Chicago is well-known for having strict gun laws, but late last month, the Illinois House seconded the Senate’s support for a bill addressing the issue of repeated firearm offenses. This legislation follows on the heels of multiple failed attempts to introduce new gun laws in recent years and received significant bipartisan support.

In early April 2017, an Illinois Senate bill targeting felons with repeated gun crimes passed with a large majority and moved on to the House, as the Chicago Tribune reports. The bill requires stricter sentencing for persons charged with multiple gun crimes. Currently, a repeat offense can lead to a sentence of three to 14 years, but the new legislation lengthens the minimum sentence to seven years and specifies that judges must provide reasons if they wish to hand out penalties that do not follow these guidelines.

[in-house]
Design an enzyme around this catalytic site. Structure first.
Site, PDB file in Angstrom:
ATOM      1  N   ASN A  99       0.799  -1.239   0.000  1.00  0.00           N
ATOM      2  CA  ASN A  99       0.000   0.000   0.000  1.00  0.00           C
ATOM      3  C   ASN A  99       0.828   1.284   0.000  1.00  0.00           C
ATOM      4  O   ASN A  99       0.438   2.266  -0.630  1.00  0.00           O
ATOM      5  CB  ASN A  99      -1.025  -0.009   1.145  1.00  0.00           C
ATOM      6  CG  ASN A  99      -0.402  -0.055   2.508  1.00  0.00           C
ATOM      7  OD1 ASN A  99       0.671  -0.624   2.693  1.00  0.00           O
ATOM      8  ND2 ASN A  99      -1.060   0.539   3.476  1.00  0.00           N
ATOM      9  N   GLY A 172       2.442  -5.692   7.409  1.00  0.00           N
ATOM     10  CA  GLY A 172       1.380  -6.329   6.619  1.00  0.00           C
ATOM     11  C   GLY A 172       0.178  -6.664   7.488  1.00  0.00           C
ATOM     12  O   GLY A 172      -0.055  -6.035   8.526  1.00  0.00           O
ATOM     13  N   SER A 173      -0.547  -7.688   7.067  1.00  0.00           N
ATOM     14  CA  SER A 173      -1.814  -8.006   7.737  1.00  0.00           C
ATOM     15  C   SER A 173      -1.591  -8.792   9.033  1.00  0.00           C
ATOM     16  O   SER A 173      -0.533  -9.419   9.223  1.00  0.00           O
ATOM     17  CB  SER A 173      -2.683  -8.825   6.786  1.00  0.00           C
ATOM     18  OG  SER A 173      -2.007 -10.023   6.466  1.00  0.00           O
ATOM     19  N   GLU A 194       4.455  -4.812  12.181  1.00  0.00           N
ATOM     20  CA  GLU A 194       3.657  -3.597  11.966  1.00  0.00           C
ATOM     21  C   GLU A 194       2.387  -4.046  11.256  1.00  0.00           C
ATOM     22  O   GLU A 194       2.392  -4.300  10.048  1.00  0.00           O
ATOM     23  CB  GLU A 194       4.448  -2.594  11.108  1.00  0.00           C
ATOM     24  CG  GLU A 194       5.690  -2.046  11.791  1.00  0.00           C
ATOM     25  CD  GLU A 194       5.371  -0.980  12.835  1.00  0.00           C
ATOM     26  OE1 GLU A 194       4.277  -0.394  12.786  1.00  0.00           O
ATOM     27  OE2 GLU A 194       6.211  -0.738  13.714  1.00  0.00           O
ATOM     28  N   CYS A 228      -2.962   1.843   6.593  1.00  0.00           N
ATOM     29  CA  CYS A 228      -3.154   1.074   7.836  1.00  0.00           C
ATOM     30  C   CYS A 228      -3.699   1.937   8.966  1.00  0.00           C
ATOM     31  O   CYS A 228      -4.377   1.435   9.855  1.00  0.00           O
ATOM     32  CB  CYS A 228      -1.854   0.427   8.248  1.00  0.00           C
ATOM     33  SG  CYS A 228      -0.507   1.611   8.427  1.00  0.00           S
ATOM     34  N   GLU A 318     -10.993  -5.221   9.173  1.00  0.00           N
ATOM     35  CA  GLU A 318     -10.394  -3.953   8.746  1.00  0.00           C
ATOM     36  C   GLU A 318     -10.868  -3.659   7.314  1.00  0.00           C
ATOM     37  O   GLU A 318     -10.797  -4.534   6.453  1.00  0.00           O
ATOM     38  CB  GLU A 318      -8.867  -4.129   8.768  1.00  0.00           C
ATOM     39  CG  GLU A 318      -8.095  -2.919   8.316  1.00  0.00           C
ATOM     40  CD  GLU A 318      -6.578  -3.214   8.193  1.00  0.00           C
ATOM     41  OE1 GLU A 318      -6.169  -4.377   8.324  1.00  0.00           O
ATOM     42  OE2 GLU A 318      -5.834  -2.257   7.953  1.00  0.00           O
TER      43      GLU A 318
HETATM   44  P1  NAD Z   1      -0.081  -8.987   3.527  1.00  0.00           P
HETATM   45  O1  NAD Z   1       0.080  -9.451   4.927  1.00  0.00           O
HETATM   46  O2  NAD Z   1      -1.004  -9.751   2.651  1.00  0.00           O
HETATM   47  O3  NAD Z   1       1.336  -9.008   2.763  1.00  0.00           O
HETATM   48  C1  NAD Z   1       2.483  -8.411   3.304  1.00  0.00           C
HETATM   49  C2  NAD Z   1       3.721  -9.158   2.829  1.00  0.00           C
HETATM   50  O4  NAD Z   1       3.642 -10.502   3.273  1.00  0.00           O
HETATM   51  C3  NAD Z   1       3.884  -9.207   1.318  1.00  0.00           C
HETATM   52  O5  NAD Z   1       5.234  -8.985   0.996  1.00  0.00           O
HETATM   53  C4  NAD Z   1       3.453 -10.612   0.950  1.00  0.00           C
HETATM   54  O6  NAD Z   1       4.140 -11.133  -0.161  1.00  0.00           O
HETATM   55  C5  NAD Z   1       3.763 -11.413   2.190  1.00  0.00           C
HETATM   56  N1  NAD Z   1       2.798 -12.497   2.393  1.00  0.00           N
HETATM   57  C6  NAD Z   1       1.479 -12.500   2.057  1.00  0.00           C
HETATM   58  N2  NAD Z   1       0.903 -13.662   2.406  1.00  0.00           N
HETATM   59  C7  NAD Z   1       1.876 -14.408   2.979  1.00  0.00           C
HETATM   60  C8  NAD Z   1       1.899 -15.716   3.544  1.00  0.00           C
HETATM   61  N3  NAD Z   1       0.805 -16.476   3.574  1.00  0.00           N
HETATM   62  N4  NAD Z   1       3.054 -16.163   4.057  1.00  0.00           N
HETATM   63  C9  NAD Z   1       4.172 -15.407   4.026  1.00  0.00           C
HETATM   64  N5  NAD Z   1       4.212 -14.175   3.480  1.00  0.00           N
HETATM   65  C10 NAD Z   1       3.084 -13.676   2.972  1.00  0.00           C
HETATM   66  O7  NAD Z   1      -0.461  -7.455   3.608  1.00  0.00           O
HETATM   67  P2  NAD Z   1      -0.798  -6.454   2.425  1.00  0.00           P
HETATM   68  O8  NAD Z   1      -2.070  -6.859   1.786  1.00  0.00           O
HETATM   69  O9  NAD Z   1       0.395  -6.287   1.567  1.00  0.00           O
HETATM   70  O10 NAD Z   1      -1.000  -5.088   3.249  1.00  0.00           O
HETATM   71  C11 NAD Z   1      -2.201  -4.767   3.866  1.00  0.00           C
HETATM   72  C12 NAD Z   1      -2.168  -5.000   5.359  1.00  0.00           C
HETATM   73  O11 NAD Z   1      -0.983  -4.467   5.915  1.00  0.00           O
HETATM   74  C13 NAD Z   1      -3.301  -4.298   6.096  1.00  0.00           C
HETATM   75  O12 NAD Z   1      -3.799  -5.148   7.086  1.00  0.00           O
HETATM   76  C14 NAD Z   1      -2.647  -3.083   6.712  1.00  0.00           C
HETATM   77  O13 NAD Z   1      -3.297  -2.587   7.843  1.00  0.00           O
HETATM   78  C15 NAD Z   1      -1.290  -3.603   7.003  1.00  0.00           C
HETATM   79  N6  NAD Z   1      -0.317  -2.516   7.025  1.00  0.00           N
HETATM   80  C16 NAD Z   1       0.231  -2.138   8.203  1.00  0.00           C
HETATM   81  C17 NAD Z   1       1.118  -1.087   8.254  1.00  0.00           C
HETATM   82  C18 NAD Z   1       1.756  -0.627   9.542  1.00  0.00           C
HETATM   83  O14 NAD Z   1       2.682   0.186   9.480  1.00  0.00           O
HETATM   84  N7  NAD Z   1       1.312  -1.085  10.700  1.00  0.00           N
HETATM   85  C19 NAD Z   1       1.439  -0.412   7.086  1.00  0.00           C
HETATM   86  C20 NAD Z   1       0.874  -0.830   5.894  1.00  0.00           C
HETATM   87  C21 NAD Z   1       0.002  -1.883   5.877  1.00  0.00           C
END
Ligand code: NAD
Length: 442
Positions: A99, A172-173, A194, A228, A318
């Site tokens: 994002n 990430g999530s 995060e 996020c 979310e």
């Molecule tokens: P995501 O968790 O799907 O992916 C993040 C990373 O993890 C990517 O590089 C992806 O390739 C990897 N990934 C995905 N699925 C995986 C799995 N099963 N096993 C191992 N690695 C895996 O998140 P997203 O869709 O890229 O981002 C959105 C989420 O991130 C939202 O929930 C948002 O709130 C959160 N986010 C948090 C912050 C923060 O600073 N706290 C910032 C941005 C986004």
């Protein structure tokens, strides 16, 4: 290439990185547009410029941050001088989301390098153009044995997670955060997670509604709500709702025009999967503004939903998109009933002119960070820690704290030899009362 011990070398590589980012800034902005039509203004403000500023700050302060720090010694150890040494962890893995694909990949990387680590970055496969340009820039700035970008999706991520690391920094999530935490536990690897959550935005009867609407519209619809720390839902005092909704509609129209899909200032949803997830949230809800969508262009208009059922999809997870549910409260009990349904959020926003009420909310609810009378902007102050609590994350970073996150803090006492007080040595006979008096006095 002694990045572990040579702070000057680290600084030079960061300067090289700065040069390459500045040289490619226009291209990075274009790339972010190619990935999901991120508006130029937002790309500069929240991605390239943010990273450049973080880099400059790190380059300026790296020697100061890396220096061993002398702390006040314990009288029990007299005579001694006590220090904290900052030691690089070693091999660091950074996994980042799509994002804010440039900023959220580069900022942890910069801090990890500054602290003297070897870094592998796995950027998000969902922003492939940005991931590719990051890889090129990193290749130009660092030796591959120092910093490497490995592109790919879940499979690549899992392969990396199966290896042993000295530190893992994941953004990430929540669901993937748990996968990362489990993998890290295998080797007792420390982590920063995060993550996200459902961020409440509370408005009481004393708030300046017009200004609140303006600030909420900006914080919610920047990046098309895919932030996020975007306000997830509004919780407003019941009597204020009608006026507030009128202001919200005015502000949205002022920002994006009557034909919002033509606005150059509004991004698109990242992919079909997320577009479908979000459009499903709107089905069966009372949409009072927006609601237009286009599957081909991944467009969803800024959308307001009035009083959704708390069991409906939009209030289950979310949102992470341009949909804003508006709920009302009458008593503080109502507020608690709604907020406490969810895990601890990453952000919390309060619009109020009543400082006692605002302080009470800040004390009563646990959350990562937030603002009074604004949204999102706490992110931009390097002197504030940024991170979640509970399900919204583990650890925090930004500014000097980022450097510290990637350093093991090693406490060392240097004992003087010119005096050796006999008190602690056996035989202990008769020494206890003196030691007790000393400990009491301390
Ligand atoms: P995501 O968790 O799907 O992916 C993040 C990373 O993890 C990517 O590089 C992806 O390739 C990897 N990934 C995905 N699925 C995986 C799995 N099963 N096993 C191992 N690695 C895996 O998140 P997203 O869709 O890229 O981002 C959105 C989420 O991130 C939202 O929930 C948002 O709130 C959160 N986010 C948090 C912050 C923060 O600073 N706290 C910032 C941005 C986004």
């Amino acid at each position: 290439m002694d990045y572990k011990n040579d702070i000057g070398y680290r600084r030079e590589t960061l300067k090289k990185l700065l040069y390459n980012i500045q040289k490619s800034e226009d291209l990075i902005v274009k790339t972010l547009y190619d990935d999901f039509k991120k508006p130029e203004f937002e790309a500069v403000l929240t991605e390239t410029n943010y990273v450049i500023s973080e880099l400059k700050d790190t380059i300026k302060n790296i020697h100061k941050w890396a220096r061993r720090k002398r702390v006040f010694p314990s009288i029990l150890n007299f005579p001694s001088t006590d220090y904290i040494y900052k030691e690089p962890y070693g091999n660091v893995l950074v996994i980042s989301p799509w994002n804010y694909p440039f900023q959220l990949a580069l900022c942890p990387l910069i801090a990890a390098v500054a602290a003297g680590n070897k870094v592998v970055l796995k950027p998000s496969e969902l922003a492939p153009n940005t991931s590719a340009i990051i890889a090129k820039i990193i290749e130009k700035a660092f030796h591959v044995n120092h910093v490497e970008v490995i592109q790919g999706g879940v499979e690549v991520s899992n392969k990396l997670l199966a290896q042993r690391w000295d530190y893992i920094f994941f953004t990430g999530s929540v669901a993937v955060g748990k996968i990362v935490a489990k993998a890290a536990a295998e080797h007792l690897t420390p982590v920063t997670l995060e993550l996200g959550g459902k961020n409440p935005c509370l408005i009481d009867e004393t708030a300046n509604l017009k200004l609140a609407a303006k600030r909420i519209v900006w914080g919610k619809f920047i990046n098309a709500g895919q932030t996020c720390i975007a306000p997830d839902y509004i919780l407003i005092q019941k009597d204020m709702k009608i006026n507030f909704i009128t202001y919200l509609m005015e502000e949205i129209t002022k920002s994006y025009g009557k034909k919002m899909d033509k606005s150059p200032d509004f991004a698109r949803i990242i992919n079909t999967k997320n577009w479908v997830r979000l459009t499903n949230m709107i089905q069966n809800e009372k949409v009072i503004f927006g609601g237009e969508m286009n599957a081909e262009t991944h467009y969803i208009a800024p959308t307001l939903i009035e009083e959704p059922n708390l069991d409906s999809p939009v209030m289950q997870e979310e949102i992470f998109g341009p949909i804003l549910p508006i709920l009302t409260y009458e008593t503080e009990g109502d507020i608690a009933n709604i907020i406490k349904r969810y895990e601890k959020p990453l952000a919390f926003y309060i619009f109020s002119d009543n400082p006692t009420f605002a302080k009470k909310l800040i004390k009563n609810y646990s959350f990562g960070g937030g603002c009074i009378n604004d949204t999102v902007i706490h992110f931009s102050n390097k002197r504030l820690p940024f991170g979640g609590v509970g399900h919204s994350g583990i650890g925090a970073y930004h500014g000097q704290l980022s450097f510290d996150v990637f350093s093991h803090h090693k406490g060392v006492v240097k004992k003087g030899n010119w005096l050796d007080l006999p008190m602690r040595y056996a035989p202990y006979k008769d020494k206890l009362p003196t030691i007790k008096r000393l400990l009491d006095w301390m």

Chicago has witnessed a steep climb in street violence and homicide rates, and guns were involved in 91 percent of the deaths of the approximately 760 victims of homicide who were killed last year. Thus, the new gun bill has been hailed as a way to diminish violence by pinpointing repeat violent criminals. Opponents, however, have argued that the legislation will lead to a rise in incarceration among minorities.

The bill’s bipartisan success was achieved partly through the removal of measures that would have reduced sentences for certain types of drug crimes. These measures were deemed inappropriate given the extent of the heroin epidemic and the police view of the relationship between gun and drug crimes.

WGN states that at the end of last month, the bill was brought to the table in the Illinois House, where representatives voted 70–41 in favor of the new legislation. Lawmakers who support the bill view it as providing an important tool to Chicago’s law enforcement agencies. However, this legislation has significant, negative implications for persons with histories of repeat offenses involving unlawful firearms.